Ellen: Yes! Especially working out if I’m writing for myself or others. We live in a world that encourages us to attribute self-worth to performance, and I’ve been slowly reshaping that because I think focusing on performance leads to short-term happiness rather than a genuine sense of self-worth. Writing lives in this intersection of art and commerce, whereby you need to sell your books if you want them to exist anywhere beyond your head, but at their root, they’re nothing more or less than a form of self-expression. Trends come and go, and if you’re constantly chasing what’s popular, there’s no sense of personal satisfaction. But then, it’s a little selfish to sell books that are written without others’ enjoyment in mind. It’s a balance.
Interesting I like how you see it as a balance. Another thing that authors have to balance is character development and plot. Which is more important to you, character development or plot?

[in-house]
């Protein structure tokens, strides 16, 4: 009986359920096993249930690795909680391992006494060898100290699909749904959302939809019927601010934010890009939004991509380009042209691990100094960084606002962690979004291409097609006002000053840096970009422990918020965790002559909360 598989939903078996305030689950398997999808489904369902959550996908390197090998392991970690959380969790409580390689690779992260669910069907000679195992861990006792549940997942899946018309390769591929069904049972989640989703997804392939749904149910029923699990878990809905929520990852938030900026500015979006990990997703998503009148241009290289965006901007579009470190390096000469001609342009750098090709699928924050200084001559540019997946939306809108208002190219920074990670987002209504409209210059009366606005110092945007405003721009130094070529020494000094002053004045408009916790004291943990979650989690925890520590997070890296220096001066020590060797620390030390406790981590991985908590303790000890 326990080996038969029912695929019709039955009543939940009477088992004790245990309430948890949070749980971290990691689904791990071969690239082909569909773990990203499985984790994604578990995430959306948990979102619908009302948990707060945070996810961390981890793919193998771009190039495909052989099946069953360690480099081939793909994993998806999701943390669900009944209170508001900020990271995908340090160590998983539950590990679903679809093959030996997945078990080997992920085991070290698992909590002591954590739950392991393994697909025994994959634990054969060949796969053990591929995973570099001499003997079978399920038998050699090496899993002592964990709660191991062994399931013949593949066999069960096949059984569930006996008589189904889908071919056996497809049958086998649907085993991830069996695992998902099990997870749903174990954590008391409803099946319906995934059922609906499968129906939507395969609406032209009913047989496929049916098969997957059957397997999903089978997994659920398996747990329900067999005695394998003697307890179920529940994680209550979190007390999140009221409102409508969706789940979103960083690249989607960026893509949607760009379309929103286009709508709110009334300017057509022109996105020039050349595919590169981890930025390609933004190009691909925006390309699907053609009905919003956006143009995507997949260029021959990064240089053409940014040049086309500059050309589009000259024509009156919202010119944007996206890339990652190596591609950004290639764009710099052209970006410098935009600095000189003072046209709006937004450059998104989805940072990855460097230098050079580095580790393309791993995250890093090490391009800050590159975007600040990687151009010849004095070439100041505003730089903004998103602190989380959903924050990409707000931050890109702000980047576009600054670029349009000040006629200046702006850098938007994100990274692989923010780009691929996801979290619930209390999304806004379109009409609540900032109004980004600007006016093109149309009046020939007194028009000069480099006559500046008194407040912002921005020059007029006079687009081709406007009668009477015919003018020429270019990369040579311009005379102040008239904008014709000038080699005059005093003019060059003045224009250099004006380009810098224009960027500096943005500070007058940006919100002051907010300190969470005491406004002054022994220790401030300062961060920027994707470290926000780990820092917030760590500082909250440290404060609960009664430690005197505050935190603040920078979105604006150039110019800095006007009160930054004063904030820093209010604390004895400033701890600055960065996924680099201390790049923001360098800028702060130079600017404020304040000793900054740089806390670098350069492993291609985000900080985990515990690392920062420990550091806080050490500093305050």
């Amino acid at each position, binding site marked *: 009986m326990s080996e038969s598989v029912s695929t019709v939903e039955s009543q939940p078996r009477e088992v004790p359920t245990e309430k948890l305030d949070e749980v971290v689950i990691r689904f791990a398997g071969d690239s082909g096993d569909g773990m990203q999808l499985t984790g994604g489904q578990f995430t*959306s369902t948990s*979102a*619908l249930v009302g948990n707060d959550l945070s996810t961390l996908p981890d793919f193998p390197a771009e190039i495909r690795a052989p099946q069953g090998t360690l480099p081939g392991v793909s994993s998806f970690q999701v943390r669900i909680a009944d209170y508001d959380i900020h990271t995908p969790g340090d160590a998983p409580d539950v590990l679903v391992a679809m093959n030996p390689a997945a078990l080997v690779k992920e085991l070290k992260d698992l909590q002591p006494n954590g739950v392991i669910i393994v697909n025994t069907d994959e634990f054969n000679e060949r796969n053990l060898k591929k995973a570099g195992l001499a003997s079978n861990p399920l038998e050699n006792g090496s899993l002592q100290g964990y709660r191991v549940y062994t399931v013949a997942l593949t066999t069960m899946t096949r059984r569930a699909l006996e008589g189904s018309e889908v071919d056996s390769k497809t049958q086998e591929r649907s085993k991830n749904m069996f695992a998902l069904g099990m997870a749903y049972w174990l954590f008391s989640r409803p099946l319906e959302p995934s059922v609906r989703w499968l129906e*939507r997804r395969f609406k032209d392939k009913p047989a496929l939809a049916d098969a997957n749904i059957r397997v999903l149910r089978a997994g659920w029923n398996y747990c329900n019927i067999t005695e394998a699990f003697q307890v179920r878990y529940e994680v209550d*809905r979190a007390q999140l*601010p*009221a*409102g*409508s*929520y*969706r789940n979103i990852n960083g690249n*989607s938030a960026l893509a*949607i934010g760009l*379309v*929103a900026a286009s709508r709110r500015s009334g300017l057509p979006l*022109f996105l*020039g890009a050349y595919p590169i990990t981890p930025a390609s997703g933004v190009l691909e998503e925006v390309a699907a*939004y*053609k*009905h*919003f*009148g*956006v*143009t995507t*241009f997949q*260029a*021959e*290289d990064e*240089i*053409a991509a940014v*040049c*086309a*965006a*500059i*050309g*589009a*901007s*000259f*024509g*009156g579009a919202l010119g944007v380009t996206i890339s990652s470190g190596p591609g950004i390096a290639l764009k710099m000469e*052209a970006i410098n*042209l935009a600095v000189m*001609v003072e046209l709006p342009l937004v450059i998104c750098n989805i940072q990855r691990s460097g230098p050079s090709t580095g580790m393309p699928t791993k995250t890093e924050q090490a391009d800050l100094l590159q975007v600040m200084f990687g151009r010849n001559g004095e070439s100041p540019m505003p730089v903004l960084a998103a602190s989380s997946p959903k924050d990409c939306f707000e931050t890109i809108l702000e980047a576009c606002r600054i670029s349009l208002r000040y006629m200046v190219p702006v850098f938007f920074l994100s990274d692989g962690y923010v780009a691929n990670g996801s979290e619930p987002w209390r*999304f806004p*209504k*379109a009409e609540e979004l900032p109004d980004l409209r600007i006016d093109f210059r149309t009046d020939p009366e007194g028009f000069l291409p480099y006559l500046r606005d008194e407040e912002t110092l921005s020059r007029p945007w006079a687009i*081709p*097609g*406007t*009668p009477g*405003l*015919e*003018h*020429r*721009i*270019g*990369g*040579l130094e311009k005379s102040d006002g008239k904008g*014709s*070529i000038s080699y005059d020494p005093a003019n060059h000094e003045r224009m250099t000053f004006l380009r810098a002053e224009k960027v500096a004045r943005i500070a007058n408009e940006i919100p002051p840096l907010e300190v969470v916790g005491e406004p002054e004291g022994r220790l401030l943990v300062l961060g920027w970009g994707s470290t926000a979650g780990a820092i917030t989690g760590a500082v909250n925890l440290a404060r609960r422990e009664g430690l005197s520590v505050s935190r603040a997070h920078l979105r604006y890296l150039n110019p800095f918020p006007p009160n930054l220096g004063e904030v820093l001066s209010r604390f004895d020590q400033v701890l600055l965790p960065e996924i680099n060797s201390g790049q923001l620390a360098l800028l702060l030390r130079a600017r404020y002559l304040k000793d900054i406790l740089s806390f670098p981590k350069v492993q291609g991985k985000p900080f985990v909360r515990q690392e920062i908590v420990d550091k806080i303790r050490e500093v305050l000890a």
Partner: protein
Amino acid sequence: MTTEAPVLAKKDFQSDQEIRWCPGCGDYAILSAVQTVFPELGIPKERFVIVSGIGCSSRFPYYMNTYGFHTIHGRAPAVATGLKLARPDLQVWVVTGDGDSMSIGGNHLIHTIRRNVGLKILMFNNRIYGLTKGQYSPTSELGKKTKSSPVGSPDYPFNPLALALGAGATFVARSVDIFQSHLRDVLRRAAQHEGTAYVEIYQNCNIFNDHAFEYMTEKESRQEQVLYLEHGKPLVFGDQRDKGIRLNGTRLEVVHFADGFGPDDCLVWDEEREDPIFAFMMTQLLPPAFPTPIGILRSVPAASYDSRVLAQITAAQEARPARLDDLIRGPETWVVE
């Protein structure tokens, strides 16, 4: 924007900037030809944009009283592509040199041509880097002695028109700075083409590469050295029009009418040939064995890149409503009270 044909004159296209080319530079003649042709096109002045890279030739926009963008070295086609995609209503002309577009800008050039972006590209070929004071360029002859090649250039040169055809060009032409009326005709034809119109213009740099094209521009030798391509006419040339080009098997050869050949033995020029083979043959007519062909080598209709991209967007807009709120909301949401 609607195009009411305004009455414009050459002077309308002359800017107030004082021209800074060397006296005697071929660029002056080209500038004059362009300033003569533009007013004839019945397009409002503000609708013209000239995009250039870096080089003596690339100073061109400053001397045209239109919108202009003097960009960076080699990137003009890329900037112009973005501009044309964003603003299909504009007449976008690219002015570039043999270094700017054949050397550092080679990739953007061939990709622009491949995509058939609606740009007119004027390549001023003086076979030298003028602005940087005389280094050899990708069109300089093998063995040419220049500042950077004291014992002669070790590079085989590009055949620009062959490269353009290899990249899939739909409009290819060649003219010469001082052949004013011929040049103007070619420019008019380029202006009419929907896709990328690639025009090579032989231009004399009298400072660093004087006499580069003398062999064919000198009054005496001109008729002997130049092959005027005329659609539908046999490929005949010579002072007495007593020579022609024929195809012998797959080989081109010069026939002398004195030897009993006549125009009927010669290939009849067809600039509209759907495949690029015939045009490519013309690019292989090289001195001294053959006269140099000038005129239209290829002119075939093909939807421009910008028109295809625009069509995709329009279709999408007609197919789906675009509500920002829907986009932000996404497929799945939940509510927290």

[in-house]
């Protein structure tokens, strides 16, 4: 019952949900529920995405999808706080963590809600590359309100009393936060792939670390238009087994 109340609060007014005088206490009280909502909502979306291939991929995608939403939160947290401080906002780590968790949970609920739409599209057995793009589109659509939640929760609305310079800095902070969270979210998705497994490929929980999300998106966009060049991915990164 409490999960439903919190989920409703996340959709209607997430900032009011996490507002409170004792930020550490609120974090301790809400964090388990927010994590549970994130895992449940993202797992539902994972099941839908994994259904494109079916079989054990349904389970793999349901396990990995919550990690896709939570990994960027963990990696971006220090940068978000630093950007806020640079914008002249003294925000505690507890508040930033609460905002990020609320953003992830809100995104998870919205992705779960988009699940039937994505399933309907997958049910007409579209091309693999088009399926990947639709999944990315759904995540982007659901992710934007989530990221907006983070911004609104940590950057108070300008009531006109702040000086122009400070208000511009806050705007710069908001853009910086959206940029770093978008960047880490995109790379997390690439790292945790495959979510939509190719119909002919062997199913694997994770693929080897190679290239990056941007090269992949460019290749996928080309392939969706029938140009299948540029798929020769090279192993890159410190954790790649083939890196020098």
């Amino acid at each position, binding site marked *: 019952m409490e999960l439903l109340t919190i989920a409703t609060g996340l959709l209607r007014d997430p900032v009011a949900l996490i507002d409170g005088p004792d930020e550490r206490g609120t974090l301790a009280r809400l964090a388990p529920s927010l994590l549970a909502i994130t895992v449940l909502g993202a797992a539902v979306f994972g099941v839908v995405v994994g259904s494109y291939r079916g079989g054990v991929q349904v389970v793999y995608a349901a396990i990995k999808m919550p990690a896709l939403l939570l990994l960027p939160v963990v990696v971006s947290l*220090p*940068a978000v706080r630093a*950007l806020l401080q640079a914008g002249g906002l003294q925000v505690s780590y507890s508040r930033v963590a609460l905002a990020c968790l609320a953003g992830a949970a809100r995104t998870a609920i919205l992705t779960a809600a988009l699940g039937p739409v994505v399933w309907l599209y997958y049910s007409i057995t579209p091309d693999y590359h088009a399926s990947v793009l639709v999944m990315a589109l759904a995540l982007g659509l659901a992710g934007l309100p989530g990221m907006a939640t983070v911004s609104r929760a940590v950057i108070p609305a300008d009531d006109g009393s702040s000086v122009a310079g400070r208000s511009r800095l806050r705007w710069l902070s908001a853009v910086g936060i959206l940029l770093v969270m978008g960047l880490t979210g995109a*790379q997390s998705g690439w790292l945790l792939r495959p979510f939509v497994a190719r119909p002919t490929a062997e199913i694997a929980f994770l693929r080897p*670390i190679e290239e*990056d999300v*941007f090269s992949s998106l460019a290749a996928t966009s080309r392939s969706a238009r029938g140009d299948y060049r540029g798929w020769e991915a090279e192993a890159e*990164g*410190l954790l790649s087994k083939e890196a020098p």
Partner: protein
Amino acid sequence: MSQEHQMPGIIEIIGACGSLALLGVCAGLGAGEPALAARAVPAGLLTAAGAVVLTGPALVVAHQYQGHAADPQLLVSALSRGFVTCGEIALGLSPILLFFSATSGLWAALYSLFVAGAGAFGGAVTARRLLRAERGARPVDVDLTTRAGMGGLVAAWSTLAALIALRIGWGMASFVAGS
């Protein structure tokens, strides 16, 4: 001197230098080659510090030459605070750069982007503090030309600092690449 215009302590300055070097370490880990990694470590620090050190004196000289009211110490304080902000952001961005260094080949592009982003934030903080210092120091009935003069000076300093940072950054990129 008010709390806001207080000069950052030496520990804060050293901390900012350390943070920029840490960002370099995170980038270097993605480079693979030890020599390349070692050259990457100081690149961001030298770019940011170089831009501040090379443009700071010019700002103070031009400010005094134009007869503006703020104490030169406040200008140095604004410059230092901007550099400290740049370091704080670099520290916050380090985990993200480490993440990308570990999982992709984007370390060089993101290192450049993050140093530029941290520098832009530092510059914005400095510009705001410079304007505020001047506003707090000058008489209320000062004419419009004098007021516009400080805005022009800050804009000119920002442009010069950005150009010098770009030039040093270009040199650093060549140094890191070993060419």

Ellen: Definitely character. I’ll read through any amount of clunky writing if a book has a good character. If I truly can’t stand the plot or writing, I’ll sometimes rewrite it in my head as I go just so I don’t have to walk away from the character.
Hahaha, okay! That’s very fanfiction-y but it does show what matters more for you! Now let’s switch tracks a bit. Tell us a little about your writing. What makes your work and this one in particular special?
Ellen: The romance in this book—and often any that I write—is perhaps a bit unique in that it’s more about emotional intimacy and vulnerability than an earth-shattering kiss. It won’t be for everyone, and I completely respect that; I find myself more drawn to romances that emphasize a voluntary and shared vulnerability than romances that have strong heat (though I’ve definitely written those too). I don’t see those romances in published fiction very much, so it was cathartic to write. It’s also pure fluff and lesbians, which the world needs more of.
Can you tell us a little about what happened ‘behind’ this book? Any funny stories that occurred to you?